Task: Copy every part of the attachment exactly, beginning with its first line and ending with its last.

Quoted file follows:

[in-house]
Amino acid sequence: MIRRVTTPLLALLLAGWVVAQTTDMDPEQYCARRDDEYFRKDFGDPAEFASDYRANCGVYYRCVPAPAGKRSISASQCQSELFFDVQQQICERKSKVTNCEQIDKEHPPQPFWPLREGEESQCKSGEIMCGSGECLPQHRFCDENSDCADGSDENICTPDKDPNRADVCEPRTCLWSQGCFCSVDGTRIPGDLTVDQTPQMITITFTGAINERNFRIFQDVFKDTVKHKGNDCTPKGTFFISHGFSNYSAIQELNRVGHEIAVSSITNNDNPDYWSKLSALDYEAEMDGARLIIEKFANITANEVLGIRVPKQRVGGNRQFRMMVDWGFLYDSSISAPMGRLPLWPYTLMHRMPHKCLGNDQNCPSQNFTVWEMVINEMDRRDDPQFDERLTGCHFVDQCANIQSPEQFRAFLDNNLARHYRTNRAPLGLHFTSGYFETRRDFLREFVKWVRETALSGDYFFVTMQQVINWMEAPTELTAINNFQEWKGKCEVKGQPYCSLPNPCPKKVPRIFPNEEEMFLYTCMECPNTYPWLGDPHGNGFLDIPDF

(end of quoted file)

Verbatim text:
[in-house]
Amino acid sequence: MIRRVTTPLLALLLAGWVVAQTTDMDPEQYCARRDDEYFRKDFGDPAEFASDYRANCGVYYRCVPAPAGKRSISASQCQSELFFDVQQQICERKSKVTNCEQIDKEHPPQPFWPLREGEESQCKSGEIMCGSGECLPQHRFCDENSDCADGSDENICTPDKDPNRADVCEPRTCLWSQGCFCSVDGTRIPGDLTVDQTPQMITITFTGAINERNFRIFQDVFKDTVKHKGNDCTPKGTFFISHGFSNYSAIQELNRVGHEIAVSSITNNDNPDYWSKLSALDYEAEMDGARLIIEKFANITANEVLGIRVPKQRVGGNRQFRMMVDWGFLYDSSISAPMGRLPLWPYTLMHRMPHKCLGNDQNCPSQNFTVWEMVINEMDRRDDPQFDERLTGCHFVDQCANIQSPEQFRAFLDNNLARHYRTNRAPLGLHFTSGYFETRRDFLREFVKWVRETALSGDYFFVTMQQVINWMEAPTELTAINNFQEWKGKCEVKGQPYCSLPNPCPKKVPRIFPNEEEMFLYTCMECPNTYPWLGDPHGNGFLDIPDF